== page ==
Denote

By rearranging the columns of D if necessary, assume

Assume that the tight frame D is normalized, i.e.,

From the facts

Since

k-sparse decomposition of

with each

Cauchy-Schwartz inequality, there is

By the triangle inequality,

Note that

the theorem, it suffices to show that there are constants

In fact, assuming (17) there is

Now moving to the proof of (17). Denote

First, as

On the other hand, as each

Combining this with (23) shows

By making a perfect square, there is

which implies that

and finally have (17):

This demonstrates the use of Lemma 1 to get a good result. This could be pursued further to general cases for an even better bound. Indeed, this has been done recently by Wu and Li [

The focus in these experiments is to show practical applications of a sparsifying frame that satisfies the new lower bound proven in the previous section. A time-frequency Gabor dictionary is used as a sparsifying trans- form in re-weighted

One of the advantages of a Gabor dictionary is its characteristic of translational invariance both in time and frequency. In a similar context, a translational invariant wavelet transform was used with good results in MRI reconstruction [

Here comparison measurements of sparsity in Gabor and TV Coefficients of various signals are used to verify if good and robust results can be achieved. A selection of 5 different real valued signals and/or images with variants are used to simulate the complexity of practical signals.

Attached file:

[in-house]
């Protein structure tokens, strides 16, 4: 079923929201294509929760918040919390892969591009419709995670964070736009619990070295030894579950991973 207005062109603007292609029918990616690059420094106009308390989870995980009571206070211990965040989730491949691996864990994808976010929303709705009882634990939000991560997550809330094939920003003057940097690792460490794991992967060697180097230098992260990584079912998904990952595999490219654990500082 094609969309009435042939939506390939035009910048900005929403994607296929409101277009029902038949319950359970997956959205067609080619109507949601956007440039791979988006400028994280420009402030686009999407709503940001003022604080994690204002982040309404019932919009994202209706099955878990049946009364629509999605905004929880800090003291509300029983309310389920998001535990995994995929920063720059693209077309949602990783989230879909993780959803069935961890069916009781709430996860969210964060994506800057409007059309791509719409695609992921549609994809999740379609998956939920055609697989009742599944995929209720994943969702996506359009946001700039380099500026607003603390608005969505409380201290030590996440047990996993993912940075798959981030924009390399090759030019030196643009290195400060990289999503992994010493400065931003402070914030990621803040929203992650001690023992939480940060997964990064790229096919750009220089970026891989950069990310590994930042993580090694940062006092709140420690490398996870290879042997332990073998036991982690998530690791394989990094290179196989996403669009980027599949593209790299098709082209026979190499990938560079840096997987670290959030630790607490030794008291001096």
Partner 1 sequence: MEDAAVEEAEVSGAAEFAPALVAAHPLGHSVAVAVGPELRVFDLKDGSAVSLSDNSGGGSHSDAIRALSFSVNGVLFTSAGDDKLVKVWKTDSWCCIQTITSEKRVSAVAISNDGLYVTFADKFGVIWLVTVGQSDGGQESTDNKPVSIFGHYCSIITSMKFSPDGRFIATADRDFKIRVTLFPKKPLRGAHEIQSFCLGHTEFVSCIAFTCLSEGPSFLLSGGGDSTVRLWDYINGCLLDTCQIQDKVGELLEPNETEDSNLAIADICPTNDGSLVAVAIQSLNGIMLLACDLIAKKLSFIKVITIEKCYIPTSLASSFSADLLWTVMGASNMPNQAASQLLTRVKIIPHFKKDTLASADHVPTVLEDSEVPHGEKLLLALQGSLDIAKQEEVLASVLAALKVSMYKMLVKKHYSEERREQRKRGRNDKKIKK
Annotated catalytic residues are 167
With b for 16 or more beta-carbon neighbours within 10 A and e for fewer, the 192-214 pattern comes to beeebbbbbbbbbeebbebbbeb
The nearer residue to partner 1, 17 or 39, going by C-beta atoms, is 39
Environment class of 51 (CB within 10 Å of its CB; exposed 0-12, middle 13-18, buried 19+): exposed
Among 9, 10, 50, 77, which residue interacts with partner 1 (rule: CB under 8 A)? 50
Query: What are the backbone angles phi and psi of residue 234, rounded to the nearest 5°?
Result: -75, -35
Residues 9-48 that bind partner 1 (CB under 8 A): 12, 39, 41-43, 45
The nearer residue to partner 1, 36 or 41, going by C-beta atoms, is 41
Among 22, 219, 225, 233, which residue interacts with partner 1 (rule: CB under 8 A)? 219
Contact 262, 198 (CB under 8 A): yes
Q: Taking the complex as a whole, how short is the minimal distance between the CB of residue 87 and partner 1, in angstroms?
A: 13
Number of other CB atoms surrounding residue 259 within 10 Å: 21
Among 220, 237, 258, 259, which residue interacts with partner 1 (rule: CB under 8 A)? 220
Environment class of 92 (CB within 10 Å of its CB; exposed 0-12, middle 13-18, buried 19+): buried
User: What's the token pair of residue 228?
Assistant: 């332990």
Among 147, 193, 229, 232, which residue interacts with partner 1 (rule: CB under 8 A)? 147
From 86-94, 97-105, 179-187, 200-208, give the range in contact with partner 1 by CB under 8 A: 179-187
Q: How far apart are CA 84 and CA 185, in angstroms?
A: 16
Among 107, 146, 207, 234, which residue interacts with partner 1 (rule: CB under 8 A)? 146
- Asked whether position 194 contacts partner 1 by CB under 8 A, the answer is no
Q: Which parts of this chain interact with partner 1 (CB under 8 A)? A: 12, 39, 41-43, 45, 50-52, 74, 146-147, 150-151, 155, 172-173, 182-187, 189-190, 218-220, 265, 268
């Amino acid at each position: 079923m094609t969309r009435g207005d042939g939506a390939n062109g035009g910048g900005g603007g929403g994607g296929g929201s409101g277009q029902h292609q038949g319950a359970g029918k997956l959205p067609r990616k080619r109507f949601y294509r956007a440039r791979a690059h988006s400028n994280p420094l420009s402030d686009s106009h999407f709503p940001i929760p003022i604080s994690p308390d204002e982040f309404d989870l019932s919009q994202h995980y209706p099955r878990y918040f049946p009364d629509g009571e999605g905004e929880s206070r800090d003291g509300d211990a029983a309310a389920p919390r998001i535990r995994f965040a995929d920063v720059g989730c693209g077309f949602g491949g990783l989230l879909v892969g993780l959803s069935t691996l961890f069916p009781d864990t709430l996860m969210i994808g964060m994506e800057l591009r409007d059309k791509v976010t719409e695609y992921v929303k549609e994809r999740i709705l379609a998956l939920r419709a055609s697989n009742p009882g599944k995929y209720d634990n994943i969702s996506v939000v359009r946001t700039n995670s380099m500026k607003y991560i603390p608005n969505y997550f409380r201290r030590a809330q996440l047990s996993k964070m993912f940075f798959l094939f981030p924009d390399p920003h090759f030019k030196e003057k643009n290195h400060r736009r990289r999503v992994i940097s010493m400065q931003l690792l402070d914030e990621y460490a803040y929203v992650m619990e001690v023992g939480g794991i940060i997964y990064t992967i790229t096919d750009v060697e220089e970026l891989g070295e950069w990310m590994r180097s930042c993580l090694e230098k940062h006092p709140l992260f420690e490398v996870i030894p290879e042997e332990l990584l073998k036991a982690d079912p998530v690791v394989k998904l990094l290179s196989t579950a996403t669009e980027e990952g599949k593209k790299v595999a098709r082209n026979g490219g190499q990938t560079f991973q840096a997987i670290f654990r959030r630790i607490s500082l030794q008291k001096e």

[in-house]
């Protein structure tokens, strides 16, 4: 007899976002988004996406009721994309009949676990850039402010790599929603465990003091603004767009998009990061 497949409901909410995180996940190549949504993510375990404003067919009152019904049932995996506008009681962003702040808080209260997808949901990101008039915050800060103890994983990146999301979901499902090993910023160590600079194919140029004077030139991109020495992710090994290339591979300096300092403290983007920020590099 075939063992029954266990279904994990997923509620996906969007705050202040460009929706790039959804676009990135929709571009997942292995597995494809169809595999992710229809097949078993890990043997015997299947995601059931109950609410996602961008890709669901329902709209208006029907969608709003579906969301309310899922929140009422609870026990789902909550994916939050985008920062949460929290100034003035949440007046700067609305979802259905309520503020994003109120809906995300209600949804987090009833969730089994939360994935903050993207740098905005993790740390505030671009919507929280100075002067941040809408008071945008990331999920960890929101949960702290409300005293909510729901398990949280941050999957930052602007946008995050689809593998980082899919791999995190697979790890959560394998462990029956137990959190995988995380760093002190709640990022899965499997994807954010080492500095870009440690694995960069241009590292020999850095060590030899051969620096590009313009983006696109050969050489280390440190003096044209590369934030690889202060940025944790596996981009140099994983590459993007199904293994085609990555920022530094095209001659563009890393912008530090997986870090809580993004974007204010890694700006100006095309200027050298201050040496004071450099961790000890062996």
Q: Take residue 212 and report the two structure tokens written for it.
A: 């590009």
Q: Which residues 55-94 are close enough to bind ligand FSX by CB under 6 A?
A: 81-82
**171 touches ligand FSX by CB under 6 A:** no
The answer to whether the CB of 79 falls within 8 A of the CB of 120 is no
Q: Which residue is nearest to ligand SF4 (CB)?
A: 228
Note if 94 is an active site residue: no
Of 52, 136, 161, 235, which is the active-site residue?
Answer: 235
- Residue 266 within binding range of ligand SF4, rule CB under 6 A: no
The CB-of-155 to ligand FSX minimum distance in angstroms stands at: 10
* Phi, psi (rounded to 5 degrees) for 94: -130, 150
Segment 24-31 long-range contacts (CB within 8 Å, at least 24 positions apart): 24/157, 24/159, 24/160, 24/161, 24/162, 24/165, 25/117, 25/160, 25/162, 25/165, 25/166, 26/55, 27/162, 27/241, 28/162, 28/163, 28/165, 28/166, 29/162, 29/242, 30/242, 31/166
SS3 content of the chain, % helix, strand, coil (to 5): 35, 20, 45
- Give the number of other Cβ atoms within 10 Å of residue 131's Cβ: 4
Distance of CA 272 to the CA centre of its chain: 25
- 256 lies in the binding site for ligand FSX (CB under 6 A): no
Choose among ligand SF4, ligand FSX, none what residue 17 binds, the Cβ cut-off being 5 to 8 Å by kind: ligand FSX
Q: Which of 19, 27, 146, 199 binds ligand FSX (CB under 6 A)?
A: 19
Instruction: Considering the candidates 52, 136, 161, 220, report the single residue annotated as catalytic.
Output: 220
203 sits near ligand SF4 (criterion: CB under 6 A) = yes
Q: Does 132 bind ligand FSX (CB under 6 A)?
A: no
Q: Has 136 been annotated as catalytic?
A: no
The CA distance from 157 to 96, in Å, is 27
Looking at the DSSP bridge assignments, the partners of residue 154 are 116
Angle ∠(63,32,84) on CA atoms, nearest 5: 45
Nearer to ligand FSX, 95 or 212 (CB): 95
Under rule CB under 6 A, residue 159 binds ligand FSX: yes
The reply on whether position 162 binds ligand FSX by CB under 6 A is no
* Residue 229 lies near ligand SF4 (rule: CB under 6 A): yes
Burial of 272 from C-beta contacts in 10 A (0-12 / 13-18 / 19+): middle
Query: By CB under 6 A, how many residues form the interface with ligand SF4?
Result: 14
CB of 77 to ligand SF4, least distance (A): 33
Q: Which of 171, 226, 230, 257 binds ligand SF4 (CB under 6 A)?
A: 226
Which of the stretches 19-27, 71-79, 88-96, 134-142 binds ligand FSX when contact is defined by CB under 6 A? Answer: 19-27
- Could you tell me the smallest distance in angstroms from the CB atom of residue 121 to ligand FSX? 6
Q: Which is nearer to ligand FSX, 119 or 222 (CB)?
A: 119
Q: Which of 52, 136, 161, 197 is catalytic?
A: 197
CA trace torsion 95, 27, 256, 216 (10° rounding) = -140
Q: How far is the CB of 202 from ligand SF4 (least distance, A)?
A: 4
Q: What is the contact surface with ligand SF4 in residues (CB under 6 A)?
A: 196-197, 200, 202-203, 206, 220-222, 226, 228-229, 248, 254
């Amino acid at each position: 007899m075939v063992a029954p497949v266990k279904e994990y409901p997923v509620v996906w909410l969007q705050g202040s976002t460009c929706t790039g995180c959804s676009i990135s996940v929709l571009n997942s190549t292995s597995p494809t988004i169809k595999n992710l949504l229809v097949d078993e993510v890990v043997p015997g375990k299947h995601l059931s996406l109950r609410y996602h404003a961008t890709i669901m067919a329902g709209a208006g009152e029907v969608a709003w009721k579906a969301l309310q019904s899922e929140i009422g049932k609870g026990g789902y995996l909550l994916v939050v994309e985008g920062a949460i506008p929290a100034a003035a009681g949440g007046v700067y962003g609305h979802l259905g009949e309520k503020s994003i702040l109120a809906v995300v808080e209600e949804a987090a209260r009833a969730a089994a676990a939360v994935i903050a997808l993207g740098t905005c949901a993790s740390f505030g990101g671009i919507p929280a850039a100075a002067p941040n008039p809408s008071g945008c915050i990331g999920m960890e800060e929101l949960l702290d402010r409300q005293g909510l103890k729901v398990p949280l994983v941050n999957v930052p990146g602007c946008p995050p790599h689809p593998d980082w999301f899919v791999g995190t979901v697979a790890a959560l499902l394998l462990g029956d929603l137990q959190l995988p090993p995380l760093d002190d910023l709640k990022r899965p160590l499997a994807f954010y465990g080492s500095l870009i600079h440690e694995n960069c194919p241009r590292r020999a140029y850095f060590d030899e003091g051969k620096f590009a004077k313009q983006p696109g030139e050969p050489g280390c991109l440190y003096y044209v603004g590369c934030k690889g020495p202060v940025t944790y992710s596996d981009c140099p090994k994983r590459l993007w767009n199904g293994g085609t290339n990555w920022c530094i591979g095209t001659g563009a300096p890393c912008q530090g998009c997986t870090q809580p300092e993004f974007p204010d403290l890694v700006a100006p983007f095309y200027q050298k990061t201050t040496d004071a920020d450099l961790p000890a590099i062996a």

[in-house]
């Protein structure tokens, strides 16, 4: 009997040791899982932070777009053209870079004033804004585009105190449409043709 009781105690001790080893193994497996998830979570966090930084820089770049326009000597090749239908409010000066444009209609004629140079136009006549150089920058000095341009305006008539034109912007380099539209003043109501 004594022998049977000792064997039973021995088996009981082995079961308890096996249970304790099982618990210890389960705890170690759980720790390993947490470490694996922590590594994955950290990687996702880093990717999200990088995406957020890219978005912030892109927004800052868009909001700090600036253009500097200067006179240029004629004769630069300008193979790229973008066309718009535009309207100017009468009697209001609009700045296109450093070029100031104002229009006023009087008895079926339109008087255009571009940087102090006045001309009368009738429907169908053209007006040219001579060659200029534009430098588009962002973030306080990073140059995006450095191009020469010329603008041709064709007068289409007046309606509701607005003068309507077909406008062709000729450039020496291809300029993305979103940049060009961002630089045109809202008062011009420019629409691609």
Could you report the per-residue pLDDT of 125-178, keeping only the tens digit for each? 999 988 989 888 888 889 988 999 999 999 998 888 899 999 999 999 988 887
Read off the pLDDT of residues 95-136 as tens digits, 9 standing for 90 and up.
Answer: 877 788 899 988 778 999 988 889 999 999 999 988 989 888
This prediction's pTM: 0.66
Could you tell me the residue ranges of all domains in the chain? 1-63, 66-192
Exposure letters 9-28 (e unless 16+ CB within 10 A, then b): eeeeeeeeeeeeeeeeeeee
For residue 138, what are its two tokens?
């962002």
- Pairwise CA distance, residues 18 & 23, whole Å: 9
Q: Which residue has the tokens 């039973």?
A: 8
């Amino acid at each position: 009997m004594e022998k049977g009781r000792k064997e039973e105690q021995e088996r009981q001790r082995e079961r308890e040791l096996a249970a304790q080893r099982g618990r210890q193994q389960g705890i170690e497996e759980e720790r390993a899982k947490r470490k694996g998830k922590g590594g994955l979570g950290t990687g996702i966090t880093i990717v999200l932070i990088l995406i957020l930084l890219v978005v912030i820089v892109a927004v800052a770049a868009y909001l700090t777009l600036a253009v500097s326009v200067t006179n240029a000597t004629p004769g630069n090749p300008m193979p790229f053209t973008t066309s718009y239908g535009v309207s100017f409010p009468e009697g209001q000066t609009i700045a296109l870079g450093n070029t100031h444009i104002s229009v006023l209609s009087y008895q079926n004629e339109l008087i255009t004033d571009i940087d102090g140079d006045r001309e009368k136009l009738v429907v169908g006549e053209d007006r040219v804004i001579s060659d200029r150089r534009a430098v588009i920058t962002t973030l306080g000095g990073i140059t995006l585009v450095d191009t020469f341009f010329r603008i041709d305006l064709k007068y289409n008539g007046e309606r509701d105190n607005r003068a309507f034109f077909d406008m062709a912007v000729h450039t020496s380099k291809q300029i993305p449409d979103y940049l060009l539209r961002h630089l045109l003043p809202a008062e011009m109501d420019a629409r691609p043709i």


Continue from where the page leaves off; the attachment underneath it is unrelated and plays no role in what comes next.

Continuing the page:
・ Sinusoidal pulses (GHz range)

・ Shepp-Logan phantom image

・ Penguin image

・ T1 weighted MRI image

・ Time of Flight (TOF) Maximum Intensity Projection (MIP) MRI image

The original images and signals are sized to be a total length of 16k values-for images, this is a 128 × 128 gray-scale image, shown in part (a) of each figure. These signals are not sparse in their native domain, but can become sparse when a transform is applied.

The use of the Gabor dictionary to reconstruct these signals utilizes a core optimization algorithm solver for the primal-dual interior point method provided by

In

Test | L MSE | G MSE | TV MSE | %G Sparse | %TV Sparse |
---|---|---|---|---|---|

1 (Pulse 1) | 0.7045 | 0.0195 | 0.9411 | 99.5 | 0.19 |

2 (Pulse 2) | 0.7075 | 0.0192 | 0.8023 | 94.8 | 2.6 |

3 (Shepp-Logan) | 0.7062 | 0.2697 | 0.0 | 54.7 | 91.7 |

4 (Penguin) | 0.7077 | 0.3011 | 0.0 | 54.1 | 87.6 |

5 (Pulse + Shepp-Logan) | 0.7101 | 0.2541 | 0.2141 | 54.4 | 2.2 |

6 (T1 MRI) | 0.7013 | 0.1445 | 0.0637 | 82.9 | 7.8 |

7 (TOF MRI) | 0.7012 | 0.2555 | 0.1369 | 68.4 | 13.3 |

Sparsity. Measurements of normalized MSE are taken, where

A Linear (L) MSE of the reconstruction is used as a reference, shown as (b) in each figure. This is calculated by the transpose of the measurement matrix as the pseudo inverse. Gabor (G) MSE identifies the error in the use of that dictionary in the CS reconstruction, shown in parts (c) of the figures. TV MSE is a measure of the error when TV weighted